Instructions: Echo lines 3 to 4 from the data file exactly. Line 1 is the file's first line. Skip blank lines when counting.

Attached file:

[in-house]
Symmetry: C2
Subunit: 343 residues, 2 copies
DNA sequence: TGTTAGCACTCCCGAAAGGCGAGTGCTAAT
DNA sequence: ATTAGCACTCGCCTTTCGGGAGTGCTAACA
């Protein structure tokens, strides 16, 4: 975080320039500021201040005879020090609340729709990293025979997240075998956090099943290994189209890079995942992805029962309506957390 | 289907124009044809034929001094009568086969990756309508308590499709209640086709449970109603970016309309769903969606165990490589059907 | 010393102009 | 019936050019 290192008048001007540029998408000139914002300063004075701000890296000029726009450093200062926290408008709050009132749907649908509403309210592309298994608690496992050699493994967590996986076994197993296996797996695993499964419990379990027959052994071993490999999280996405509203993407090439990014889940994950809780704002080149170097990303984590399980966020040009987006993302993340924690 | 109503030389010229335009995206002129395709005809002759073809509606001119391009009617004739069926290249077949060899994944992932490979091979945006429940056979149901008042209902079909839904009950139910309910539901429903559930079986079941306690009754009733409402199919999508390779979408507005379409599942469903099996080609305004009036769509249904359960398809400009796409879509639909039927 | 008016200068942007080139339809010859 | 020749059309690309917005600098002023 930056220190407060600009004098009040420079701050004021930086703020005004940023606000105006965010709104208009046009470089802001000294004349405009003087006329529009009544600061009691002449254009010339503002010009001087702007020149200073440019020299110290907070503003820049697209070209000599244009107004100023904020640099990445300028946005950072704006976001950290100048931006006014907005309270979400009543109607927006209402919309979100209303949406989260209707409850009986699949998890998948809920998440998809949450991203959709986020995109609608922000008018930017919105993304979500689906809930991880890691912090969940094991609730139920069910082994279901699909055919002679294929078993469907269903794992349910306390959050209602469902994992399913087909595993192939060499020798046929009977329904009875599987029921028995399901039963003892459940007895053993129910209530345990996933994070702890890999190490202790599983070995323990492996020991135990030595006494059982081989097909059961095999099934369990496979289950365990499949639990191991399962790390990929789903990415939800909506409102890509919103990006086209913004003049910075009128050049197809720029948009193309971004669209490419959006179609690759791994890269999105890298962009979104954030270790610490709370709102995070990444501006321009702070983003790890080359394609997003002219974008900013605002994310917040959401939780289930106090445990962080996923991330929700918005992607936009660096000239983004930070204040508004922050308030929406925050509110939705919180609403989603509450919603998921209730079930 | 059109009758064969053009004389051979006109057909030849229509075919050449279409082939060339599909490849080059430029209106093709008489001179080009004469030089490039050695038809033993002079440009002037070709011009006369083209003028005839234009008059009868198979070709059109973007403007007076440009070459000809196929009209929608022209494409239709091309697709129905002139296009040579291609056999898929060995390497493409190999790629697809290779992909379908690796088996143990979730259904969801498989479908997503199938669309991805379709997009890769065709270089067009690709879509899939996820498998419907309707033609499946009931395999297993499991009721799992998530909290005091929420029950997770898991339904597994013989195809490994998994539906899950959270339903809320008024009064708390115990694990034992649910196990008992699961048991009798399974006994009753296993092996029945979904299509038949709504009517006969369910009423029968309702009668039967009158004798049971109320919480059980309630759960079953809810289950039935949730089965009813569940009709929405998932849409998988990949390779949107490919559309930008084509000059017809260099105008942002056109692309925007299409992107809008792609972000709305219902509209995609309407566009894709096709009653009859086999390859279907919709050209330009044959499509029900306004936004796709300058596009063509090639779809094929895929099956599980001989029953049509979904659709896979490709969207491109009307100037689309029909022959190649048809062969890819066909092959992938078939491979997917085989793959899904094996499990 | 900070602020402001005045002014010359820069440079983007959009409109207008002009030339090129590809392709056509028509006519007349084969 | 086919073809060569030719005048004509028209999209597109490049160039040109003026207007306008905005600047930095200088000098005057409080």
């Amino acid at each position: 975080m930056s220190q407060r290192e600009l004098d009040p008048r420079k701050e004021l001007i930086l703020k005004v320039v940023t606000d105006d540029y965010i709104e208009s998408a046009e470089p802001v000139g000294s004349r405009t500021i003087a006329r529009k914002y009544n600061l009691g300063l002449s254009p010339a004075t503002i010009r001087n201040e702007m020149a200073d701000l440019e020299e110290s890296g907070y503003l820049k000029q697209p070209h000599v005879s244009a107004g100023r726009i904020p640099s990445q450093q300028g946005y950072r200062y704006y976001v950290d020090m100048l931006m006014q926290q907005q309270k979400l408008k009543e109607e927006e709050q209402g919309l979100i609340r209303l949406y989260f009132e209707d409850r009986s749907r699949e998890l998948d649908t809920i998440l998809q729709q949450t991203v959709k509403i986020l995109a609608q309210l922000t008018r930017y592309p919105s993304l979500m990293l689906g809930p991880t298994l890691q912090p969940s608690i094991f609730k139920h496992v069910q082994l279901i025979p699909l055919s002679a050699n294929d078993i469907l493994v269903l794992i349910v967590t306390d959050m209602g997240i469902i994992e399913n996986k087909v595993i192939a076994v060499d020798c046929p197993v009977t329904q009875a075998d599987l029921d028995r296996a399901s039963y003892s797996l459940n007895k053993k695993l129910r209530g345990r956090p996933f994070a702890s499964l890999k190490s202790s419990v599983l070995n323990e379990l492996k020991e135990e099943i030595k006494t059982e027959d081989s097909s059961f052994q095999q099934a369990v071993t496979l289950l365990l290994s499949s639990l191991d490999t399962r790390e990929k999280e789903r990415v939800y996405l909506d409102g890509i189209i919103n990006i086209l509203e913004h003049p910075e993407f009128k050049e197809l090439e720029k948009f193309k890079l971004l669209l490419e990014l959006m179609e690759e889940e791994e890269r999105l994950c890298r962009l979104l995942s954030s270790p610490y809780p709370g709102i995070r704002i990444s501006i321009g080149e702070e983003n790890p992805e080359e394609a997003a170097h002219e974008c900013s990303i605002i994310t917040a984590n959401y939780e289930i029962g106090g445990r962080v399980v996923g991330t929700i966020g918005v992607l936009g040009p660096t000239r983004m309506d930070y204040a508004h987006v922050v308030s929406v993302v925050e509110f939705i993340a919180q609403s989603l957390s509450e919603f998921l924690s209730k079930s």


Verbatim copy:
Subunit: 343 residues, 2 copies
DNA sequence: TGTTAGCACTCCCGAAAGGCGAGTGCTAAT